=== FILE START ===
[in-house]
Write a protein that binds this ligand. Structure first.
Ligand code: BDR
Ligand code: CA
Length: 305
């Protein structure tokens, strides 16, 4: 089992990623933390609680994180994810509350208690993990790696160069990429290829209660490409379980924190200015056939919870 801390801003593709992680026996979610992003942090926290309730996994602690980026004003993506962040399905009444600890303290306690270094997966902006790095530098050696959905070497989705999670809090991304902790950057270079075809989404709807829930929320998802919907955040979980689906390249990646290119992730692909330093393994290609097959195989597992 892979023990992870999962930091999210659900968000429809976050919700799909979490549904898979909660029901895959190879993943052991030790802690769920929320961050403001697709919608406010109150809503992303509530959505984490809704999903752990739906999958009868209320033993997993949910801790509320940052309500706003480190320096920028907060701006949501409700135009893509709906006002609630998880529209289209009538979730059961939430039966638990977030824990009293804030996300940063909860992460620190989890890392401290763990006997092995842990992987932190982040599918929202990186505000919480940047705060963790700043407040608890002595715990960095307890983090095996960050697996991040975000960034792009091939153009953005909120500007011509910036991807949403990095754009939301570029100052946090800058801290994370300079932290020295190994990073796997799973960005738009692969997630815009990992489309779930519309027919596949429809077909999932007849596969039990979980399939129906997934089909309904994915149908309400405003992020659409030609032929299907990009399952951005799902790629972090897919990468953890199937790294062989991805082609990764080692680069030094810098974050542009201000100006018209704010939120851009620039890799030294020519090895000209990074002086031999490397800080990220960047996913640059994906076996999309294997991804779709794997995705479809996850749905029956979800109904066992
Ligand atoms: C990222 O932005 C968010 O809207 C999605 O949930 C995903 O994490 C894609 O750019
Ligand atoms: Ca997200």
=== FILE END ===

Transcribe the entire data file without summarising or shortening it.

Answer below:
[in-house]
Write a protein that binds this ligand. Structure first.
Ligand code: BDR
Ligand code: CA
Length: 305
């Protein structure tokens, strides 16, 4: 089992990623933390609680994180994810509350208690993990790696160069990429290829209660490409379980924190200015056939919870 801390801003593709992680026996979610992003942090926290309730996994602690980026004003993506962040399905009444600890303290306690270094997966902006790095530098050696959905070497989705999670809090991304902790950057270079075809989404709807829930929320998802919907955040979980689906390249990646290119992730692909330093393994290609097959195989597992 892979023990992870999962930091999210659900968000429809976050919700799909979490549904898979909660029901895959190879993943052991030790802690769920929320961050403001697709919608406010109150809503992303509530959505984490809704999903752990739906999958009868209320033993997993949910801790509320940052309500706003480190320096920028907060701006949501409700135009893509709906006002609630998880529209289209009538979730059961939430039966638990977030824990009293804030996300940063909860992460620190989890890392401290763990006997092995842990992987932190982040599918929202990186505000919480940047705060963790700043407040608890002595715990960095307890983090095996960050697996991040975000960034792009091939153009953005909120500007011509910036991807949403990095754009939301570029100052946090800058801290994370300079932290020295190994990073796997799973960005738009692969997630815009990992489309779930519309027919596949429809077909999932007849596969039990979980399939129906997934089909309904994915149908309400405003992020659409030609032929299907990009399952951005799902790629972090897919990468953890199937790294062989991805082609990764080692680069030094810098974050542009201000100006018209704010939120851009620039890799030294020519090895000209990074002086031999490397800080990220960047996913640059994906076996999309294997991804779709794997995705479809996850749905029956979800109904066992
Ligand atoms: C990222 O932005 C968010 O809207 C999605 O949930 C995903 O994490 C894609 O750019
Ligand atoms: Ca997200």